I know a problem that I used to have, and a lot of the founders that I work with have, is this shiny object syndrome is dramatically shifting the business model or the marketing plan they have today. I find that this experimental approach solves for that. It eliminates a lot of these daily extension crises and pivots in the opposite direction because you choose an experimental period. For me, I default to 30 days, where every month is that general North Stars, things I want to work towards, things that I'm going to try and see what happens. I sprint as fast as I can, for that 30 days, trying to have this mental superposition of, "Even though I'm only 70% sure, I'm going to act like I'm 100% sure." That like, "This is the goal that I want." This avoids me changing the goal every single day, because as we know with systems thinking, if you change the goal, the whole system realigns itself in that goal. That's very dangerous because if you're changing everything, how do you know what's working?
At the end of the 30 days I have the power to say, "I can scrap that entirely." That gives me the freedom to act as if I'm fully confident. So much of this comings down to having the conviction that what you're doing is leading to the place that you want to go. That allows you to remain consistent. I love the William James quote about habits because I think it extends to so much in life. "A single lapse is like letting a whole ball of string unfurl." You're doing all this work to build this string, just wrapping and wrapping and wrapping, and you fall off course, you lose confidence in what you're doing, you're starting over. You have just a big piece of string all over again.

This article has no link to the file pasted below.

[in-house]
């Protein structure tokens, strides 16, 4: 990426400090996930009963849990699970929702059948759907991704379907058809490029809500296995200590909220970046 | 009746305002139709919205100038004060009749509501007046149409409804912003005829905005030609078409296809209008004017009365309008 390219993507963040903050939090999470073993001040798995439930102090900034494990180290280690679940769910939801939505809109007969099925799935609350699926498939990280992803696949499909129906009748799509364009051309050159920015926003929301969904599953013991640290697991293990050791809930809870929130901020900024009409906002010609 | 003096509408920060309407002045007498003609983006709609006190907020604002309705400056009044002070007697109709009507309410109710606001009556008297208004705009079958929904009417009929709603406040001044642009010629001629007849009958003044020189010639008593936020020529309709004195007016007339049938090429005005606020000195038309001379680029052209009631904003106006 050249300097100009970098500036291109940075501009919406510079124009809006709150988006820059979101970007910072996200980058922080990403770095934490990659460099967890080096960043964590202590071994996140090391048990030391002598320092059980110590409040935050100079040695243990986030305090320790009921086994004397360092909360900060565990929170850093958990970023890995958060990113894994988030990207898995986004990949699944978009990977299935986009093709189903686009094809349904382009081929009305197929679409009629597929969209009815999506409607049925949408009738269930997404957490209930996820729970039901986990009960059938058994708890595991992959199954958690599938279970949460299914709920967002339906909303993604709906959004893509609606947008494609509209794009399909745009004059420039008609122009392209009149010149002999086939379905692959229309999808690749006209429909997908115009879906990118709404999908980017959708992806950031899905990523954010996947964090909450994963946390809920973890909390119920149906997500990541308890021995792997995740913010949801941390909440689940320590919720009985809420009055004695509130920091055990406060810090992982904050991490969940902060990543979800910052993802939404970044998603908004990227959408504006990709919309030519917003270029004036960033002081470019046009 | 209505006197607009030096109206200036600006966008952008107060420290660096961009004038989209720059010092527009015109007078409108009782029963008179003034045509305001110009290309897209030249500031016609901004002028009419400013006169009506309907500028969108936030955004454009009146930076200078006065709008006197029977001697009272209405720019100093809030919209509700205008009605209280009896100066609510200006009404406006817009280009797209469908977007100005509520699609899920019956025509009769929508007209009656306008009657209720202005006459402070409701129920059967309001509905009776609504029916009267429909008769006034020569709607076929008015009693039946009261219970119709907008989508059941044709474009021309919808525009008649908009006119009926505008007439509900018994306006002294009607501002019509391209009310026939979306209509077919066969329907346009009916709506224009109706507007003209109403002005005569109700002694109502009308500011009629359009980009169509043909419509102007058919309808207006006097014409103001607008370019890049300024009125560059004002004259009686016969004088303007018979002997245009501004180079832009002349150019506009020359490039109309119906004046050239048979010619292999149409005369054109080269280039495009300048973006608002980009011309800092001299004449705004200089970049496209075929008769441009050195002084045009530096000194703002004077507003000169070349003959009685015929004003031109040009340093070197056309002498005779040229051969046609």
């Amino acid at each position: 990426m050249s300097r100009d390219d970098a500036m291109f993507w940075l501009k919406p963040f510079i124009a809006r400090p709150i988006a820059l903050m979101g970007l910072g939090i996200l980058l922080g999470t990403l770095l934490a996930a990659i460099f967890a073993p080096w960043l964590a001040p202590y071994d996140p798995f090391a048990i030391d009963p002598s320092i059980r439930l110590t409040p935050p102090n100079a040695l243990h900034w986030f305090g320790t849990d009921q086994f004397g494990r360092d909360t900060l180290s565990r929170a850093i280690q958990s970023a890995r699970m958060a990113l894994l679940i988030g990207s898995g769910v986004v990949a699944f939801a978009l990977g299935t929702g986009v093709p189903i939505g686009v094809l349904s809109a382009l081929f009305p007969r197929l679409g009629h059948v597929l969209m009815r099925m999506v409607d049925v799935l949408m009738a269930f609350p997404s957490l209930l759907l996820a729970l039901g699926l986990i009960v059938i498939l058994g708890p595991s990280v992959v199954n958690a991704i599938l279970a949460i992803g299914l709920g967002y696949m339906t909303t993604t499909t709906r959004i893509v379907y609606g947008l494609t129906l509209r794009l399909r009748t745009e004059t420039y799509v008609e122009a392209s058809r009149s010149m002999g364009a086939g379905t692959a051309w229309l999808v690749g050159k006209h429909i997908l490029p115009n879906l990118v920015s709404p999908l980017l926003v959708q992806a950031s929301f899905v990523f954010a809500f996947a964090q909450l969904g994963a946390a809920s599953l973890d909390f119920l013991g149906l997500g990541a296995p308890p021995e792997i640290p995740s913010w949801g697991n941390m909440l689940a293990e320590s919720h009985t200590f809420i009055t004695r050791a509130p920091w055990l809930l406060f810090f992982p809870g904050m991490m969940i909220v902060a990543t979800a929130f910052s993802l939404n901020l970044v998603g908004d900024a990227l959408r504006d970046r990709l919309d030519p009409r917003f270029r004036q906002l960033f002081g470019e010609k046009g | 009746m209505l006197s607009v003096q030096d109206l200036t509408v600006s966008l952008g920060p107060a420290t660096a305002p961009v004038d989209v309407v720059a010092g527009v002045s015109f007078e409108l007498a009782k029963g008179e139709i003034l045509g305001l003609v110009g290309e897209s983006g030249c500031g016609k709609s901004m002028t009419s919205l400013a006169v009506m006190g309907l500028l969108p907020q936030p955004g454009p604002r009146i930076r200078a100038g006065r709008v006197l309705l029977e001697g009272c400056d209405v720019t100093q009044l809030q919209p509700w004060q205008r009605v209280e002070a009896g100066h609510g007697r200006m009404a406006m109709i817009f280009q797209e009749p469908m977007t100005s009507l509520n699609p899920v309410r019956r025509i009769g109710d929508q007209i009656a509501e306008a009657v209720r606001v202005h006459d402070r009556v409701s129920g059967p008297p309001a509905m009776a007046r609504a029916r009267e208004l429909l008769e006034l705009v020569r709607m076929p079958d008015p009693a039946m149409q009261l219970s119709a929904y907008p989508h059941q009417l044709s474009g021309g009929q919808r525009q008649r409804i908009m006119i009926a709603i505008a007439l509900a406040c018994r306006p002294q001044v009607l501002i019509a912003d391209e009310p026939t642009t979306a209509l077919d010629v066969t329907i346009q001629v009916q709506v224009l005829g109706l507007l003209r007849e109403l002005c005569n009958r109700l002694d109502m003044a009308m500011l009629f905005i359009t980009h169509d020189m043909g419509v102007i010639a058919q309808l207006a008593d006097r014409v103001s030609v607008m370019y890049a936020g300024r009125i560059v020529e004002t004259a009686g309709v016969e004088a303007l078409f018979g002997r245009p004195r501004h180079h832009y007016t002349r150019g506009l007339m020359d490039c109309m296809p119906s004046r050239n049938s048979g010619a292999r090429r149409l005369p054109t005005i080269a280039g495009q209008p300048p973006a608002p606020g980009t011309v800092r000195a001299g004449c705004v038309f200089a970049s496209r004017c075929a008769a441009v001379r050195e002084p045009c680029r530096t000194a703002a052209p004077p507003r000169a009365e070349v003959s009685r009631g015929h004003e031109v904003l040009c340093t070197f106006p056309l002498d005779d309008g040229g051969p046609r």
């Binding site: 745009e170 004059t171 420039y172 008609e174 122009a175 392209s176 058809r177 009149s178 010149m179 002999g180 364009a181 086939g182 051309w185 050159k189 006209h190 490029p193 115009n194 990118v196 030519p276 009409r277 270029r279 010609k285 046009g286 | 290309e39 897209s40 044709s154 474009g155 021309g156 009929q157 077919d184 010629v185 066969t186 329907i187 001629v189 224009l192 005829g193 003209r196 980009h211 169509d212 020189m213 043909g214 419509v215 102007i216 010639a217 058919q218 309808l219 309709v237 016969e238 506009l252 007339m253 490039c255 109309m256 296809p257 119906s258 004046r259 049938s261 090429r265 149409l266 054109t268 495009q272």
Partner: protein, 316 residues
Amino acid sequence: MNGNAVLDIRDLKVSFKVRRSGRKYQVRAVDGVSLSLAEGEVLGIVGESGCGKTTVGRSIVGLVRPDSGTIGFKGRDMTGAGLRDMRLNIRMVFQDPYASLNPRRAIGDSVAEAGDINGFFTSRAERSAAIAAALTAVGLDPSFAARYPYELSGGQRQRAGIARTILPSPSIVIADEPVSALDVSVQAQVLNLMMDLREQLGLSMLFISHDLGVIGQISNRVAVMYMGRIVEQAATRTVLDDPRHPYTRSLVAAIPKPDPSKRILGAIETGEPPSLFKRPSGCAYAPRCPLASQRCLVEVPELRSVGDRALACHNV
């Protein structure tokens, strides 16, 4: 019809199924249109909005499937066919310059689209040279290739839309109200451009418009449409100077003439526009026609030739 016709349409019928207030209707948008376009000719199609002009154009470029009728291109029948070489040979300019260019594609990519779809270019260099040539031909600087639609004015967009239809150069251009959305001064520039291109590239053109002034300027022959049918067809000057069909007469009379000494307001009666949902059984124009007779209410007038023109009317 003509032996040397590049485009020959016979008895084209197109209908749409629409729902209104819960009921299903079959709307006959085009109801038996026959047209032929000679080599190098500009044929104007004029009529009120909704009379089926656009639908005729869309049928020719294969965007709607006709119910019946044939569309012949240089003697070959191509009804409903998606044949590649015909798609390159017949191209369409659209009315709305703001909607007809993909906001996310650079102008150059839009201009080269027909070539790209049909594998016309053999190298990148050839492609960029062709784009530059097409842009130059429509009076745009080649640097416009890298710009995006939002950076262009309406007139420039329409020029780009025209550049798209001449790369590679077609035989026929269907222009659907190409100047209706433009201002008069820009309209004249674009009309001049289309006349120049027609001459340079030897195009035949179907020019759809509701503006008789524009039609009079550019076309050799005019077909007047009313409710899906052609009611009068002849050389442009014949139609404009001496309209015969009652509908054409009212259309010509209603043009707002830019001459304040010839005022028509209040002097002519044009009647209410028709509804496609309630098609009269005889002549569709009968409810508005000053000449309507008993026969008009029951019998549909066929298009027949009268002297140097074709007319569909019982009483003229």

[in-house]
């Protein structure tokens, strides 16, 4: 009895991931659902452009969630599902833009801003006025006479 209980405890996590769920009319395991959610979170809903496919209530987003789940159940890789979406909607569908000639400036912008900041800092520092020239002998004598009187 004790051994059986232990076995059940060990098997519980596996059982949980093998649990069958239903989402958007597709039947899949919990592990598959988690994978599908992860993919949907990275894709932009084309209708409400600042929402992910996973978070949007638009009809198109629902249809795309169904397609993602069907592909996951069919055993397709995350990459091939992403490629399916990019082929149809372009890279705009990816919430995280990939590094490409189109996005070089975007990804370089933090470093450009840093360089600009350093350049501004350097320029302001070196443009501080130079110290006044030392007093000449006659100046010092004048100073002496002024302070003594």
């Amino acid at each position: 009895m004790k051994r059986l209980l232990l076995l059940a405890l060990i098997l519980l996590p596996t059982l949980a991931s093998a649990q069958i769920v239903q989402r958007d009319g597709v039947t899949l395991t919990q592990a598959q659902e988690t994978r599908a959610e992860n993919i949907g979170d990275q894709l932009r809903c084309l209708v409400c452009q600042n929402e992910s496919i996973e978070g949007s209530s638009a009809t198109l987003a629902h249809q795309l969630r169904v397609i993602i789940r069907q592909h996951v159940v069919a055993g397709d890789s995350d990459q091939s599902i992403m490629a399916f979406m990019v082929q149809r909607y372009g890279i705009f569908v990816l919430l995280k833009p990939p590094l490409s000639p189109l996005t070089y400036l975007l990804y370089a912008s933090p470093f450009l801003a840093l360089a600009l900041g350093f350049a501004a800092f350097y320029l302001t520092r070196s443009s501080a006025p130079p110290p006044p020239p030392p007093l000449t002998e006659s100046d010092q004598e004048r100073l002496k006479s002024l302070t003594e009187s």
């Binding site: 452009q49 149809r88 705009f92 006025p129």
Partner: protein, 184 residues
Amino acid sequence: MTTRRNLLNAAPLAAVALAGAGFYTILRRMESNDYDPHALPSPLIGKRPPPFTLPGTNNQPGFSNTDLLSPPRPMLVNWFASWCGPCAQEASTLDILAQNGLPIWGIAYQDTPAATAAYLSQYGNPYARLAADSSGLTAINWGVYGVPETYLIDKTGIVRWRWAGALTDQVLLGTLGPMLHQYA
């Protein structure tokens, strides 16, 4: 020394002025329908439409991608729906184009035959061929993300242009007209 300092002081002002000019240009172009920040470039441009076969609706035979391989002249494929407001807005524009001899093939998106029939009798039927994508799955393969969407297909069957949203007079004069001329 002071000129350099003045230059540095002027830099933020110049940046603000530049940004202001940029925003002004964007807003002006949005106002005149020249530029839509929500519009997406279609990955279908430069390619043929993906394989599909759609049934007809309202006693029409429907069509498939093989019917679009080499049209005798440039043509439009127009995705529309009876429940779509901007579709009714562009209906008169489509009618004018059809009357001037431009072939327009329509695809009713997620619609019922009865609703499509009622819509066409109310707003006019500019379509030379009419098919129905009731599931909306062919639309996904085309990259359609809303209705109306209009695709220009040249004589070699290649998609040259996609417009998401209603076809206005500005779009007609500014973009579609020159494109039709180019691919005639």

This ability to know that you can course correct at a designated time allows you to experiment and try things in a low risk, fun, curious way. If everything is this willpower, force yourself to do things, that's a sprint, that's not a marathon, that's not a longterm approach. I find in combination, deciding what I'm going to do, doing it, being curious, "What happens? And then, "How did that go? Do I want to keep doing it or I want to do something else?" When that loop is closed, it allows for exponential growth.
Daniel Scrivner (44:19):